Catalogues of turf care supplies can be obtained from:

STA-BRITE, Unit 7 Bessemer Park, Bessemer Rd, Basingstoke, Hants. RG21 3NB. (01256) 811811

5.1 Worm Killer

Every year the effective chemicals seem to be taken off the market. You will probably have to contact a wholesaler to get the better products

Please see the separate article on Worm Control.

5.2 Surfactant (Wetting Agent)

Product: Aqua-Gro Primer
Cost: £70 per 5 litres. Approx 2 litres per lawn 

A wetting agent causes the droplets from the sprayer to coat the grass as a film and soak into the soil rather than sit as droplets on the surface. As such dew formation can be reduced removing the need for brushing and switching. It also assists the uniform movement of water-borne fertilisers and pesticides throughout the root zone. In essence it is little more than washing up liquid and this was used in the old days before legislation. It is mixed with other liquid treatments to enhance their action and reduce wastage.

Stephen Brown, Products Manager, Supaturf Products Ltd the European manufacturer of Primer 604, writes:

"The explanation regarding its mode of action and the reference to washing up liquid could not be further from the truth.

It has long been known that highly cultivated turf can produce a situation where turf becomes water repellent and under certain drought stress conditions the symptoms manifest themselves as localise dry spots. Localised dry spots are areas within turf that have become so severely repellent to water that no mater how much water is applied to the area it will not rewet. Under these conditions the turf will eventually dry. The repellency is thought to be due microbial excrement, wax material from leaf cuticles and other biomass breakdown from roots and thatch within the upper soil structure. The use of surfactants are for the purpose of overcoming the water repellency seen within the top 5-10 cm of the soil profile. Primer 604 has been proven through many scientific trials conducted throughout Europe and North America, that when used monthly, it will overcome water repellency and will establish matrix flow characteristics for water flow through the profile. Matrix flow is a soil science term meaning that the movement of water vertically and laterally through the profile giving a uniform wetting front.

Primer 604 is not an adjuvant and should not be treated as such, however once a turf area has established matrix flow characteristics (typically following after 2-3 applications) then any water borne fertiliser / pesticide will also be uniformly distributed throughout the profile.

Supaturf Products Ltd, 2 Amenity House, Maizefield, Hinckley Fields, Industrial Estate, Leicestershire, LE10 1 YF.
Tel no 01455 639639, Fax no 01455 234714"

5.3 Insecticides

Product: Merit Turf (for professionals) (2006)
Cost: Provado - £18 for 100m^2, Merit Turf (10Kg) will do 3333m^2
Product: Crossfire 480 (Rhone Poulenc)
Cost: £30 per litre, £6 per lawn per application.

5.4 Fungicides

Product: Rovral Green (Rhone Poulenc) contact fungicide, contains Iprodione and is effective against fusarium, dollar spot, red thread, brown patch and leaf spot. This contains a surfactant. MAFF No. 01835.
Cost: £38 per litre, 2 litres required per lawn = £76.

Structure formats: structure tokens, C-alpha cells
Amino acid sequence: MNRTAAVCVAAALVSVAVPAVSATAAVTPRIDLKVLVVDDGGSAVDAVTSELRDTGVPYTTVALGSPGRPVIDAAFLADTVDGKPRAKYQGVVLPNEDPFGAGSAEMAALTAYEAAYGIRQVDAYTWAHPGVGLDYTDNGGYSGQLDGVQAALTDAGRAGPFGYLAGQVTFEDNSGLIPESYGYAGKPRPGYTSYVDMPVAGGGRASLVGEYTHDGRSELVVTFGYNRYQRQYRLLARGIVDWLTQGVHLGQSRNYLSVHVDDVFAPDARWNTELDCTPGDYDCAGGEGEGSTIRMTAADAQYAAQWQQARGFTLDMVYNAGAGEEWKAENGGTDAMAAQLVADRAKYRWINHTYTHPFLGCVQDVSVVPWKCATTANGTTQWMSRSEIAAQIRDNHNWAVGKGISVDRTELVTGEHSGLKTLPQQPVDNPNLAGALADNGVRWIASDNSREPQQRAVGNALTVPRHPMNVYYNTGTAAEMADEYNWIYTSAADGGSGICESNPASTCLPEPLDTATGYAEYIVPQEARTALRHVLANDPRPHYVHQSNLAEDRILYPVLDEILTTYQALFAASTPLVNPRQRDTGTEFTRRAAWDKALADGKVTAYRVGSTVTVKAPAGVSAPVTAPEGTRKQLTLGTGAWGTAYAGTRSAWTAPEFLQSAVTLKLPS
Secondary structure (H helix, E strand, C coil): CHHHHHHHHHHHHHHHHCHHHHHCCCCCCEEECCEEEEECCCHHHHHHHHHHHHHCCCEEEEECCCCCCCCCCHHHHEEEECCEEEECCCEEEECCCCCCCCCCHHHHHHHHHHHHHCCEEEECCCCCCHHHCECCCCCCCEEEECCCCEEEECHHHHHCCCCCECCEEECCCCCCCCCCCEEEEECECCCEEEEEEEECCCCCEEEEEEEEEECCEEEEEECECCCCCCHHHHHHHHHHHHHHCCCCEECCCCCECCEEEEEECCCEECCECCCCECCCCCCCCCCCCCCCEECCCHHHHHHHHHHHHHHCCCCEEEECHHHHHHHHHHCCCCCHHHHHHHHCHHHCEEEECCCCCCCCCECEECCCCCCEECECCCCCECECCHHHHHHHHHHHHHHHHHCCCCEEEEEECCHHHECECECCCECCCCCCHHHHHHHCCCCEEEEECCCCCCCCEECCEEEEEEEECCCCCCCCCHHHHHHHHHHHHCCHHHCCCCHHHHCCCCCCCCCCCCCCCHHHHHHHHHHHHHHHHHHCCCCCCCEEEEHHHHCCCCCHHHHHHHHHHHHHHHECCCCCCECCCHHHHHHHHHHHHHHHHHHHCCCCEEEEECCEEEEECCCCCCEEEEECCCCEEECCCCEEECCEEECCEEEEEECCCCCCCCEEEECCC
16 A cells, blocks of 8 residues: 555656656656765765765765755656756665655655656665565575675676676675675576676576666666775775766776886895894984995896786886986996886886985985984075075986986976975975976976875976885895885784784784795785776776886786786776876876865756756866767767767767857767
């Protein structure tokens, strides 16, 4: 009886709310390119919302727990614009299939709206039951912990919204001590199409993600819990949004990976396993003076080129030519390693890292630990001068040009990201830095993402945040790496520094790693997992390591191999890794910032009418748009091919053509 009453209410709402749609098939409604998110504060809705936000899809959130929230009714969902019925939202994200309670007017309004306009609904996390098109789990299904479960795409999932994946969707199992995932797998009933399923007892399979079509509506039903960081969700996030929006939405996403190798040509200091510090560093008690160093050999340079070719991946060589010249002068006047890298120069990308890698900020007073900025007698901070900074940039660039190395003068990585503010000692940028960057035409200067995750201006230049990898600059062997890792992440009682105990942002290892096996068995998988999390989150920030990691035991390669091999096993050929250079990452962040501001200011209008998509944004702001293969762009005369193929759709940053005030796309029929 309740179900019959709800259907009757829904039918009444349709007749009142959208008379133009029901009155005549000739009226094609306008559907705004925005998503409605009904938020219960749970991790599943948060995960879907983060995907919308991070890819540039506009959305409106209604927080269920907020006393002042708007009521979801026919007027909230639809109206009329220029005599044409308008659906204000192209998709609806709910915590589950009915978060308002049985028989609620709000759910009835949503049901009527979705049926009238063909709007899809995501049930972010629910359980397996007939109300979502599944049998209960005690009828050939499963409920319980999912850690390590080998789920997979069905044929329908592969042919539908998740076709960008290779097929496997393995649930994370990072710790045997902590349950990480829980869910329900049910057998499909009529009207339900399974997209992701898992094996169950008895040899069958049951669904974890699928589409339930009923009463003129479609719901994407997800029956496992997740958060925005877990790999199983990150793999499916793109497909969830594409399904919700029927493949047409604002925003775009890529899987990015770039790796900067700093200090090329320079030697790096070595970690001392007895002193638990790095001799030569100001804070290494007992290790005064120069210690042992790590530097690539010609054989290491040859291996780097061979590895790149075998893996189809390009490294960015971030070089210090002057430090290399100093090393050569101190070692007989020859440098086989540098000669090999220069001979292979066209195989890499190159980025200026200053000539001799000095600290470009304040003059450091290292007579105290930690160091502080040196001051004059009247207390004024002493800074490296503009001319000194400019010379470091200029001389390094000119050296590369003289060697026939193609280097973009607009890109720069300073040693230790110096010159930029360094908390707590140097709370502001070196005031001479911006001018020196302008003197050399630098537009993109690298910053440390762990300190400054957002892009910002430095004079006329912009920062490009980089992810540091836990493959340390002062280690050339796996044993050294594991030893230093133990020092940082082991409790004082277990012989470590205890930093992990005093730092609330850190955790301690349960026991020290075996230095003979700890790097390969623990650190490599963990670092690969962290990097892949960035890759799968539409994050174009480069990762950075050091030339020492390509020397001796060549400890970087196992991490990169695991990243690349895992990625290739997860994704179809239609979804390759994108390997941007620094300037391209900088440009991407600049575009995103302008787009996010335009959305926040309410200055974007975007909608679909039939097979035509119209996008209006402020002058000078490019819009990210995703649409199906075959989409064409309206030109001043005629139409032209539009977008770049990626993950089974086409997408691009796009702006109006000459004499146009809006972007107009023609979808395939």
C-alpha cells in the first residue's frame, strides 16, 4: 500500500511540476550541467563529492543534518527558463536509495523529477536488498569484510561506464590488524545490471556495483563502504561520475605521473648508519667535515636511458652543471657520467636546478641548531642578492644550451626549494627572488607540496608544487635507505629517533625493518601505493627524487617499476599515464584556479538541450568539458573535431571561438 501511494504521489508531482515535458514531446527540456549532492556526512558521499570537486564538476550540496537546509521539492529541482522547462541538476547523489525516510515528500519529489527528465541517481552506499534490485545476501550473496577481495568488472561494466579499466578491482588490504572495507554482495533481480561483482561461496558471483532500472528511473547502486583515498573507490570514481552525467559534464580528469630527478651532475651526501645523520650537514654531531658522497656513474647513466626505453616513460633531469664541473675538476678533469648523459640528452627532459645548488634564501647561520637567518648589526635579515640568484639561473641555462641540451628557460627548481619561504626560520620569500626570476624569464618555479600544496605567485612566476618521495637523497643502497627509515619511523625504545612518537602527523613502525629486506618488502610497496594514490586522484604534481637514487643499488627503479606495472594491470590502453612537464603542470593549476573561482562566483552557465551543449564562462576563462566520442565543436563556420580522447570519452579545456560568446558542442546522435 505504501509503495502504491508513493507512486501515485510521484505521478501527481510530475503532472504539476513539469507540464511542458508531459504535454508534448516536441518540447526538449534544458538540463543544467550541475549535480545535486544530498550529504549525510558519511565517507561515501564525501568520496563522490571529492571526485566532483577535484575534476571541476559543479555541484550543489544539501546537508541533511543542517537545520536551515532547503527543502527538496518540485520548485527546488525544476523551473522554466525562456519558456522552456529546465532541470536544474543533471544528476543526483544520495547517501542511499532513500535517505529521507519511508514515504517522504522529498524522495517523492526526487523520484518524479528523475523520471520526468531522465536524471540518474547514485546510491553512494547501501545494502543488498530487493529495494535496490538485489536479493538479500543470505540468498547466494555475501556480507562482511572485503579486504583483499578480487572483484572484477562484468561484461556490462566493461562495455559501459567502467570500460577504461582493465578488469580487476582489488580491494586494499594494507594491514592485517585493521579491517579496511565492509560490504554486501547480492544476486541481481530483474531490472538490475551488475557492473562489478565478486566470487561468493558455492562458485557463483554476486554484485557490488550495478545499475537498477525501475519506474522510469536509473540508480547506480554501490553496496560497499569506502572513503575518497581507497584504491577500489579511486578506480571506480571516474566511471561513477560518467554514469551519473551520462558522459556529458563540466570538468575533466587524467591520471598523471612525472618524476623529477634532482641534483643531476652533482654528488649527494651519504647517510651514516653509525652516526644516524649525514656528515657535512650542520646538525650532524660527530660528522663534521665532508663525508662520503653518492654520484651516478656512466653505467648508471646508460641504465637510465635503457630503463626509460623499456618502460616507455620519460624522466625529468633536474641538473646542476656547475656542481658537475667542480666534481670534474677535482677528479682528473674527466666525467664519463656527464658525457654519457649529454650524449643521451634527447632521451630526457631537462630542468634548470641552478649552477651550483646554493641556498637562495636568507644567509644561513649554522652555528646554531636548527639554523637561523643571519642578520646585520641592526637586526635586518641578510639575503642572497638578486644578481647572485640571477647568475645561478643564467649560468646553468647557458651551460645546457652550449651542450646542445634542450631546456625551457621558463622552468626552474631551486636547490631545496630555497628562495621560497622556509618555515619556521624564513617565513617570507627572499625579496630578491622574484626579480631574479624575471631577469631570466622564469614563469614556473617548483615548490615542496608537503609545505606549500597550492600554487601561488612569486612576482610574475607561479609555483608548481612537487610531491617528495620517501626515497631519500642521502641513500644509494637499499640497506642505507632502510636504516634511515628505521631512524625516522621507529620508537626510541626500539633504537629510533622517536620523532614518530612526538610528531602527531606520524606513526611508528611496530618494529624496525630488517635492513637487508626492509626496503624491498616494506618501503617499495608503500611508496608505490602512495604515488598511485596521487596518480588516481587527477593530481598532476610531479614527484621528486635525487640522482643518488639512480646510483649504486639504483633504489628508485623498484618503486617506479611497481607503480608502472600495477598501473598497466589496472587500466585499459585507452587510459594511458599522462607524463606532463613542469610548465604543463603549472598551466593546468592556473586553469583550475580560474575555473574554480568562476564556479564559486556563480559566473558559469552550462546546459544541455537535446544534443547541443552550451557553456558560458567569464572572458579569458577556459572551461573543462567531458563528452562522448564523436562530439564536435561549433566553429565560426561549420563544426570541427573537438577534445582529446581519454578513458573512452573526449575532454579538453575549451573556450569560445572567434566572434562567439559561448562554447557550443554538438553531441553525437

Product: Green Shield (Miracle) systemic/contact fungicide.
Cost: £72 per 3 litres, 3 litres required per lawn = £72

5.5 Moss Killer

Product: Super Mosstox (Rhone Poulenc), contains dichlorophen. MAFF No. 02046
Cost: £70 for 5 litres. 5 litres per lawn = £70 per lawn
Product: Moss Killer, contains 45% Ferrous Sulphate. MAFF No. 04909. This is a traditional substance and moss killer can be made by mixing your own lawn sand. Unfortunately Calomel (Mercury Chloride) is now forbidden.
Cost: Ferrous Sulphate £7 per 25kg, 1.3 bags required for a lawn = £11

5.6 Fertiliser (Feeds)

Spring and Summer

Product: Vitax Micro-Grain 1, N, P, K = 12, 4, 6.
Cost: £17 per 25Kg bag, 37Kg per lawn = £25

Autumn

Product Vitax Micro-Grain 2, N, P, K, Fe = 4, 6, 8, 4 + 4% Fe
Cost: £16 per 25Kg bag, 37Kg per lawn = £24

Different fertilisers are need for Autumn, they generally have less nitrogen which causes leaf growth. Fertilisers containing iron green up the grass and inhibit moss growth.

5.7 Top-Dressing

Product:
Cost: £2 per 25kg bag, £96 per Tonne in 25kg bags.

5.8 Seed

Product: 80% Chewings Fescue (e.g. variety Koket or Highlight) and 20% Browntop Bent (Tracenta or Oregon). Alternatively some companies do premixed varieties, e.g. Carter's Hurlingham Mix. Consult your seed merchant.
Cost £80 - £150 per 1 cwt. bag, 1 to 2 bags required per lawn.  (old price)
Product: Breakwells ETB10:    40% ENJOY chewings fescue/40% WILMA chewings fescue/20% HIGHLAND browntop bentgrass Sow@ 35-50gm/m2
Cost: 1 bag/10kg £38, 1 bag/25kg £95.  Estimate 50kgs for a lawn. = £190
Product: Mommersteeg Sports and Amenity MM11: 40% ENJOY/40% RAINBOW chewings fescues, 6%EGMONT/6% SEFTON/8% TRACENTA browntop bents.
Cost: £125 /25kg bag.

Note grass seed is zero rated for Vat (tax) purposes.
This could be required annually if you need to overseed every year. More realistically you would probably choose to overseed every two or three years.

5.9 Turf

Product: Mixed fescue and bent as in the seed description above. A sample of turf should be inspected for even thickness, absence of stones and weeds. Currently turf has the reputation of being of poor quality.
Cost: £1.45 per square yard in quantity. 1100 square yards = £1600, not including a skirt around the lawn. (old price).

Prices as of March 2000

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Updated 28.i.16